What Causes Juvenile Idiopathic Arthritis?

The term ‘idiopathic’ means that it has an unknown cause or may arise spontaneously, so it is not currently known why juvenile idiopathic arthritis develops. There is evidence to suggest that your genetics and a presence of a gene called HLA antigen DR4 may increase your risk, although JIA is not considered to be a hereditary disease. Certain environmental factors (like viruses or bacteria) can also trigger the disease to activate. 

Signs And Symptoms Of Juvenile Idiopathic Arthritis

While we’ve detailed specific symptoms depending on the type of juvenile idiopathic arthritis you have above, children with JIA may experience:

  • Swollen, stiff, and painful joints in the knees, hands, feet, ankles, shoulders, elbows, or other joints
  • Symptoms often present in the morning or after a nap
  • Eye inflammation
  • Warmth and redness in a joint
  • Less ability to use one or more joints
  • Fatigue
  • Decreased appetite, poor weight gain, and slow growth
  • High fever and rash (in systemic JIA)
  • Swollen lymph nodes (in systemic JIA)

What Is The Outlook For Kids With Juvenile Idiopathic Arthritis?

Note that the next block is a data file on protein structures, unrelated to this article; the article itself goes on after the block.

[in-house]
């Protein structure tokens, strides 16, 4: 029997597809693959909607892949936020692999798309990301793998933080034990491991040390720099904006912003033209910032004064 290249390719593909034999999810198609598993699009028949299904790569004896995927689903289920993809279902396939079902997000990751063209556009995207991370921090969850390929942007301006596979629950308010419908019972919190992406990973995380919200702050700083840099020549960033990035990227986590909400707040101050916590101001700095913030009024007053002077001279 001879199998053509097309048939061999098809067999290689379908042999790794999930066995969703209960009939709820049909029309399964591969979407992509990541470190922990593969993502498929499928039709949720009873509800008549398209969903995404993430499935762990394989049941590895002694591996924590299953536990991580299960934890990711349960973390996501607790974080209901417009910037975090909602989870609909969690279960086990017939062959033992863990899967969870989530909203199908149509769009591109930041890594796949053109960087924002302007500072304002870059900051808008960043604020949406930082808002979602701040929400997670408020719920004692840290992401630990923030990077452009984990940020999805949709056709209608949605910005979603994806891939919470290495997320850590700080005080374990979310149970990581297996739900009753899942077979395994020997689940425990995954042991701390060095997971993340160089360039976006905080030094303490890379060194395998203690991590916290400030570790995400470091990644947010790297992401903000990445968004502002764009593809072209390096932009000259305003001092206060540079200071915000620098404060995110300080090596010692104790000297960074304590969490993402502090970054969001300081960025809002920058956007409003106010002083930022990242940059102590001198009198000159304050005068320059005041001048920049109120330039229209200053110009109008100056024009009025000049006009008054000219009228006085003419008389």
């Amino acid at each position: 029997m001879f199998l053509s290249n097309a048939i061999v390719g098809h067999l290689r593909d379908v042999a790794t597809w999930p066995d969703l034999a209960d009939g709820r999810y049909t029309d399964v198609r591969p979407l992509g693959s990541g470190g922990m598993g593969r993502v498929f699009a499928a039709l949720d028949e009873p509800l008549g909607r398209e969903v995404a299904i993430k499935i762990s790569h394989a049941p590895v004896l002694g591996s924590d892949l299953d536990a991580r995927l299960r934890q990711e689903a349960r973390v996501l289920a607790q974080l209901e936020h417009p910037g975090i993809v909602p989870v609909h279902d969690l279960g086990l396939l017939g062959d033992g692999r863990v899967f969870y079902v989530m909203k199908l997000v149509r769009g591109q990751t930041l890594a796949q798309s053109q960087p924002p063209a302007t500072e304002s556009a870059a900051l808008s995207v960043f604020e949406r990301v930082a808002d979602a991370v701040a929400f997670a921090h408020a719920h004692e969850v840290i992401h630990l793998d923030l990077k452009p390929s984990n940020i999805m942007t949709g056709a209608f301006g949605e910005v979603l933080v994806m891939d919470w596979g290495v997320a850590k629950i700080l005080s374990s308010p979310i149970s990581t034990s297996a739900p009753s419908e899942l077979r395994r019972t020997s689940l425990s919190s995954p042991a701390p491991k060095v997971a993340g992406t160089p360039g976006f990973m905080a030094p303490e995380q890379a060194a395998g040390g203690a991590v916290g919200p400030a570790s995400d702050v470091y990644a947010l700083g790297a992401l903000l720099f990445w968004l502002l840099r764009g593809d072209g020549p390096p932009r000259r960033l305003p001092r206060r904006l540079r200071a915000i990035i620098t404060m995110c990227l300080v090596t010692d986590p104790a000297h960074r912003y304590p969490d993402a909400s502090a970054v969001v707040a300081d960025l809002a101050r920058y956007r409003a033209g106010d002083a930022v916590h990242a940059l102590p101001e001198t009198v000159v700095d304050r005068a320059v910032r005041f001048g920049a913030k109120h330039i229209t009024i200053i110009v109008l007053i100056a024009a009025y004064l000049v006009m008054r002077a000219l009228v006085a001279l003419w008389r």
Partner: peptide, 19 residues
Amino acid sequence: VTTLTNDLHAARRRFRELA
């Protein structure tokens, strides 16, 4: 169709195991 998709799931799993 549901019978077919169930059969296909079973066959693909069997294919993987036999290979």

Unlike rheumatoid arthritis that is also a type of autoimmune arthritis and presents with recurrent flares throughout a lifetime, many children will outgrow their JIA. As childhood and adolescence is a crucial time for children’s growth and musculoskeletal development, JIA does have the potential to negatively (and permanently) interfere with the growth process - and where good management from a multidisciplinary care team can be of immense value.

Diagnosing Juvenile Idiopathic Arthritis

A diagnosis for JIA is typically done with your doctor and/or rheumatologist. There is no single test to confirm JIA, and other causes of joint swelling and your symptoms should be ruled out. You’ll likely have multiple blood tests, and depending on how long the symptoms have been present, imaging scans may be requested to assess any existing damage.

Managing Juvenile Idiopathic Arthritis